Inside Dental Technology
September 2015
Volume 6, Issue 9

Fiber Reinforcement of Implant Prosthetics

Fast, simple, proven techniques provide implant technicians peace of mind

Prosthesis fracture is an unnecessary risk when providing a patient with an interim or provisional implant-supported prosthesis. The provisional restoration is important because it helps the dental team evaluate comfort, function, and esthetics in order to design the final restoration. Further, prosthesis fractures also may lead to a loss of patient faith in the restorative prosthetic team.

James Angelone, owner of Ohio’s Professional Dental Lab in North Royalton, Ohio, has been reinforcing his implant prostheses with PREAT's eFiber over the past 2 years and says, “They just don’t break. It’s nice not to worry about a patient inhaling a quadrant.”

Translucent eFiber is unique because it is impregnated with both PMMA (acrylic) and bis-GMA (composite). This material composition gives the dental team the choice of utilizing either acrylic or composite resins and denture teeth because eFiber reinforcement chemically and mechanically bonds through an interpenetrating polymer network (IPN).

eFiber may be ground and polished just like acrylic, eliminating fraying fibers characterized by previous-generation reinforcement materials, which annoy patients. The ability to manipulate the fiber also saves time and adds strength during full-arch implant-retained conversions.

Angelone touts eFiber as “a stronger and more esthetic option in the anterior, because most breaks happen between teeth Nos. 8 and 9. This is especially important during weeks 4 through 6 when the prosthesis has to stay in, even if it breaks. No matter what, it doesn’t come out.”

The placement of fiber is key to maximizing prosthesis strength. eFiber placed perpendicular to fracture forces in the optimal position—the juncture of denture tooth and acrylic—stops fractures before they begin. eFiber provides over 1400 MPa of flexural strength and more than 100,000 biting cycles in fatigue testing to provide the strength to stop the crack before it begins.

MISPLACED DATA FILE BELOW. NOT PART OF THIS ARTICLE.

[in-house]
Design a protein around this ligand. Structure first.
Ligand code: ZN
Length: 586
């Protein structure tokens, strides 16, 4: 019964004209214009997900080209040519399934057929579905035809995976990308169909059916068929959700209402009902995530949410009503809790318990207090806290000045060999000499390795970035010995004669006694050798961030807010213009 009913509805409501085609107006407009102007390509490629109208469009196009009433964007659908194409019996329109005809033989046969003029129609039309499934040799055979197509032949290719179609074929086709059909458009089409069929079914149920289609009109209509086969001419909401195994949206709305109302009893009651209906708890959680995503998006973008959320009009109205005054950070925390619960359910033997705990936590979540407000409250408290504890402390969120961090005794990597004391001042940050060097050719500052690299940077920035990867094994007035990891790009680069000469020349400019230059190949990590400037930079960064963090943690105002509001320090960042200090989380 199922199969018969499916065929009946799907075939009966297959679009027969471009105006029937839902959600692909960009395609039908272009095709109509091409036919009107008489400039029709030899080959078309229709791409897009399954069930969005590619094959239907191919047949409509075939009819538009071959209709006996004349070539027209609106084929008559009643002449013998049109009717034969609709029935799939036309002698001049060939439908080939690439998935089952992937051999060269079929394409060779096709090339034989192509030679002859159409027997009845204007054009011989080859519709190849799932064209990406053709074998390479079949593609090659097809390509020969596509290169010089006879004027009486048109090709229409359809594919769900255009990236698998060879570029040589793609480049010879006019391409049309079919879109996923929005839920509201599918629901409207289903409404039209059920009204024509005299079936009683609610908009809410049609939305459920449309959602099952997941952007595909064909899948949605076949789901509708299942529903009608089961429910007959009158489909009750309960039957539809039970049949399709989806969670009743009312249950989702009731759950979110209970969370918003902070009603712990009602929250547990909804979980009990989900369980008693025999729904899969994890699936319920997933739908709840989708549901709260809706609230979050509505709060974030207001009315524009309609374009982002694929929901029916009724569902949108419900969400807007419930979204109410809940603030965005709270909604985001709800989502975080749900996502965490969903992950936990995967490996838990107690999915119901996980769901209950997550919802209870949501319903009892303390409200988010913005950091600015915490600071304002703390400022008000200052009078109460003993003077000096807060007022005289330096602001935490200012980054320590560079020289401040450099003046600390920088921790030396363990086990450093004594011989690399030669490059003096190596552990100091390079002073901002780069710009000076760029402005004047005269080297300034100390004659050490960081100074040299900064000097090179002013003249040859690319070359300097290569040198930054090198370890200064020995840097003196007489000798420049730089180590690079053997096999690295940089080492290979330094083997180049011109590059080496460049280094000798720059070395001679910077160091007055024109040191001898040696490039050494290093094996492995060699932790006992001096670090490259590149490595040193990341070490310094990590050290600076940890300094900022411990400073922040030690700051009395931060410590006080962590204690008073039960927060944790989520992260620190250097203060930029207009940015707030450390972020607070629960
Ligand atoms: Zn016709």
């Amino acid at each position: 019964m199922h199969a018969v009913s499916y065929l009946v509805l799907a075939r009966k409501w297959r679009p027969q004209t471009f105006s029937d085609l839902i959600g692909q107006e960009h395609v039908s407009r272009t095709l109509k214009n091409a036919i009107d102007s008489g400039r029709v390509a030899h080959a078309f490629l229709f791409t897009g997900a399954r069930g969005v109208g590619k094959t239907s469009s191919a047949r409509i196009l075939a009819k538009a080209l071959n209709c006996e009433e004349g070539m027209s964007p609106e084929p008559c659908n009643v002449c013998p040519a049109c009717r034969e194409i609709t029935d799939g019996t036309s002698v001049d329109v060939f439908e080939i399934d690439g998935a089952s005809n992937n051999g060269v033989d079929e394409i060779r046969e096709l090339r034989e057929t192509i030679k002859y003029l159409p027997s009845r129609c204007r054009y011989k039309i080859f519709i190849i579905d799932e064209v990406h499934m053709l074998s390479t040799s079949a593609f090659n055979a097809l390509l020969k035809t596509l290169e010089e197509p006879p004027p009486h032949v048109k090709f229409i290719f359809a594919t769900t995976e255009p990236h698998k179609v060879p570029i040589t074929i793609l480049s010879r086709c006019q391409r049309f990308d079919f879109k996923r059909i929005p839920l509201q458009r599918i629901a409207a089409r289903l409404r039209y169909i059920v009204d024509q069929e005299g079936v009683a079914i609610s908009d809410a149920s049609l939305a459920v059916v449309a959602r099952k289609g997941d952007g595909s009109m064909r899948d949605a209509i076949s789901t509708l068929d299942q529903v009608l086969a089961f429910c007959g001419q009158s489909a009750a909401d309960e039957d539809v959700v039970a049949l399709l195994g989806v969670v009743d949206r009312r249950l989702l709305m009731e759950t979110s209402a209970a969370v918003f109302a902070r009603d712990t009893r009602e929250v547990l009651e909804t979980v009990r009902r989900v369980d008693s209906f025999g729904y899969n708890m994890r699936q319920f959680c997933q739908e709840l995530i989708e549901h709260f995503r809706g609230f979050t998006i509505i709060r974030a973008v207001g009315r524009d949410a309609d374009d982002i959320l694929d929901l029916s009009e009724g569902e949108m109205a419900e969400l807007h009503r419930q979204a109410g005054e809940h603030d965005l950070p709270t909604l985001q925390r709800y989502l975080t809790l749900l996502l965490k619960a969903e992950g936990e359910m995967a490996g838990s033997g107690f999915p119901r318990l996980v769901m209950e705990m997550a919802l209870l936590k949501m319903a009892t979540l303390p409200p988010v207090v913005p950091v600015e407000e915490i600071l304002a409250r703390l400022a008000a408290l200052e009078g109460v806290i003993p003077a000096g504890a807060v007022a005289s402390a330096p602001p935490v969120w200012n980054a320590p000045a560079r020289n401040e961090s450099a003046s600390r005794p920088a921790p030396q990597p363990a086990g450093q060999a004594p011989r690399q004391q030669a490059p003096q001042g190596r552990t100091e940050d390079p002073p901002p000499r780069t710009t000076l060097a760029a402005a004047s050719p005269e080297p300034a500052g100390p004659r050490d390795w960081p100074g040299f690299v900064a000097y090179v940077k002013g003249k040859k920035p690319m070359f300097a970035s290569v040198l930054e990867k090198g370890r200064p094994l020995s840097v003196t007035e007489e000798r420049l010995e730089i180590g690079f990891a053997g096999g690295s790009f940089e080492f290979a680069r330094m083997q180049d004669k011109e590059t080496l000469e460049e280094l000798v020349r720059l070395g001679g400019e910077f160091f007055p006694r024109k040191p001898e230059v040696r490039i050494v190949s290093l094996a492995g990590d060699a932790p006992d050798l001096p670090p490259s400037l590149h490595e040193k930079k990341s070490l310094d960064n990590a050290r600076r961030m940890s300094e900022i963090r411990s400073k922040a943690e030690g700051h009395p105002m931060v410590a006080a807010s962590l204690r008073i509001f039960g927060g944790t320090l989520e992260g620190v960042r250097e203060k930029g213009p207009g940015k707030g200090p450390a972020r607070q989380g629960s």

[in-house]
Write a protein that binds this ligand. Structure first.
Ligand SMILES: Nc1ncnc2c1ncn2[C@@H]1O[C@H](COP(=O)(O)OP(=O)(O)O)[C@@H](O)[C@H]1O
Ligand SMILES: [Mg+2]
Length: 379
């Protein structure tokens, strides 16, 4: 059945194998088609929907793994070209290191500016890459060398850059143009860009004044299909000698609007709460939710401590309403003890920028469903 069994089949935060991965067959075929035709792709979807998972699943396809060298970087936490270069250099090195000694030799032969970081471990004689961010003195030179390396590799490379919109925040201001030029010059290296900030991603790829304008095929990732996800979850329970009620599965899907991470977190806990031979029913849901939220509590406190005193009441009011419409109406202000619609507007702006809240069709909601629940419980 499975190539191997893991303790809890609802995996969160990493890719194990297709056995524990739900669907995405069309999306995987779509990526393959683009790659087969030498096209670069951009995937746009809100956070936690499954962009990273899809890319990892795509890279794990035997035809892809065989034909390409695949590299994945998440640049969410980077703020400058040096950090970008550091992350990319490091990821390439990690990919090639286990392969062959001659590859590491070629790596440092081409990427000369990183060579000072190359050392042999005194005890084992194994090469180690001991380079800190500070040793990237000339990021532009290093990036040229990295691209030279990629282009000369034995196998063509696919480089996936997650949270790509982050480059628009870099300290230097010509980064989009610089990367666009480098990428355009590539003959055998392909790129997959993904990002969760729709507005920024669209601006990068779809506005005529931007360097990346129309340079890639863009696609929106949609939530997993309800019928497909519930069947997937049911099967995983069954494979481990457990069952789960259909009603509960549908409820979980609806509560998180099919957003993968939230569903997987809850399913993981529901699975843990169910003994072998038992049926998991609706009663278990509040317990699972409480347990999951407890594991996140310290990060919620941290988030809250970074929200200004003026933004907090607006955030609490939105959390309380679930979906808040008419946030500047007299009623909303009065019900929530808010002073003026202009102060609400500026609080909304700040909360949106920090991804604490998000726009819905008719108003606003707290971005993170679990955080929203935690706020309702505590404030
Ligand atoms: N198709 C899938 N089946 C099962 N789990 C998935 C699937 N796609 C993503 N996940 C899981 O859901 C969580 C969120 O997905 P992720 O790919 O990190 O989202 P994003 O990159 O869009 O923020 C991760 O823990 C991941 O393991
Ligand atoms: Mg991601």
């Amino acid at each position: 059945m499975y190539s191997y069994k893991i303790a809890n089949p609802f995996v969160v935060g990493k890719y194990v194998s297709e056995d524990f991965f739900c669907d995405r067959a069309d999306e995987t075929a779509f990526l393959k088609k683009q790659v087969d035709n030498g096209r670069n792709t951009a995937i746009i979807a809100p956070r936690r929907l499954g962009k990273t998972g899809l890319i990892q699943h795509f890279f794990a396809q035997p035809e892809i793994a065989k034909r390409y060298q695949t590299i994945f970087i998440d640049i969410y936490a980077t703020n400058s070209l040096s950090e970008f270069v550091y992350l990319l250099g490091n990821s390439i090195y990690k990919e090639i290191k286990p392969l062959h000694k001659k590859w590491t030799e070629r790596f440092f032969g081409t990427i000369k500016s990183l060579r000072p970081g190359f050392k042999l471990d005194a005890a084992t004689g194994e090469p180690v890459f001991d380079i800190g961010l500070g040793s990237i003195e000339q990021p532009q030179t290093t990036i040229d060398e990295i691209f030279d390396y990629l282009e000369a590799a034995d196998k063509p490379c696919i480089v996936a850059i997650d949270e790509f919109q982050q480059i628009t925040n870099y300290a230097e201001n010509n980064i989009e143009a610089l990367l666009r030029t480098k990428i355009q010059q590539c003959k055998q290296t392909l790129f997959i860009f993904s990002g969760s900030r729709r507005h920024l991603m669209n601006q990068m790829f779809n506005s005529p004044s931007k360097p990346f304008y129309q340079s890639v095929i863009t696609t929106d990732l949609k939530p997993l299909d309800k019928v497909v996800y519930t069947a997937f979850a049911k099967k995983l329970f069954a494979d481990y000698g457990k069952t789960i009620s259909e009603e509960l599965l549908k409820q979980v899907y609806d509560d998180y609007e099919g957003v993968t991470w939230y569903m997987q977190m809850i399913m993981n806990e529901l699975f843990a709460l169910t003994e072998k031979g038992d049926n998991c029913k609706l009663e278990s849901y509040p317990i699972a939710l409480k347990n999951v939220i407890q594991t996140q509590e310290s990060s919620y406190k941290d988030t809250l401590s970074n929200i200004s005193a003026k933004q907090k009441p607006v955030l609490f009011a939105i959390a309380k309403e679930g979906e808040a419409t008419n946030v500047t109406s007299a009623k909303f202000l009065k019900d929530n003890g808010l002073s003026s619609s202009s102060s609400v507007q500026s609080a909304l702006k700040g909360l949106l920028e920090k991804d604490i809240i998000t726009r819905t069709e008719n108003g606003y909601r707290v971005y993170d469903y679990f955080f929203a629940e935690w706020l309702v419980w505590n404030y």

eFiber may be used to easily and quickly reinforce traditional dentures, implant overdentures, and provisional and definitive fixed hybrids by bonding eFiber directly to the denture teeth.

• After boil out, chemically activate the denture teeth by painting a thin coat of monomer or bonding agent on the tooth. Angelone wipes Vitacoll primer on the tooth with a cotton swab “until the tooth squeaks,” he says. “A clean tooth provides a great bond with eFiber.”
• Start with the most posterior tooth and adapt eFiber to the ridgelap of the tooth surface (keep in “round” or flattened form)
• Use the stepper tool to block out the adjacent (unadapted) fiber while light-cure the adapted fiber to the tooth with a handheld light.
• Continue around the arch, adapting eFiber to each tooth, block out, and light curing into place. This should only take about 90 seconds.

After the eFiber has been bonded to the ridgelap of the denture teeth, normal denture processing techniques are utilized—inject, pack, or pour—for final processing.

After wearing the fixed detachable provisional for 8 weeks, the patient can provide helpful feedback regarding the esthetics, comfort, and function of the prosthesis. Any necessary adjustments to occlusion, lip support, incisal edge position, and speech are made at this time. Ultimately, a well-designed provisional will serve as a template for the laboratory technicians as they begin to fabricate the final prosthesis.

Reinforcing provisional implant prosthetics with eFiber has allowed Angelone to warranty his work. “They just don’t break, and I warranty them. My dentists love it that we have no fractures or repairs.” eFiber eliminates non-revenue chairside time, provides peace of mind for the dental team, and provides the patient with the best restoration possible in only 10 minutes of bench time with no additional equipment necessary.

Disclaimer: The statements and opinions contained in the preceding material are not of the editors, publisher, or the Editorial Board of Inside Dental Technology.

For more information, contact:
PREAT Corporation
800-232-7732 • preat.com

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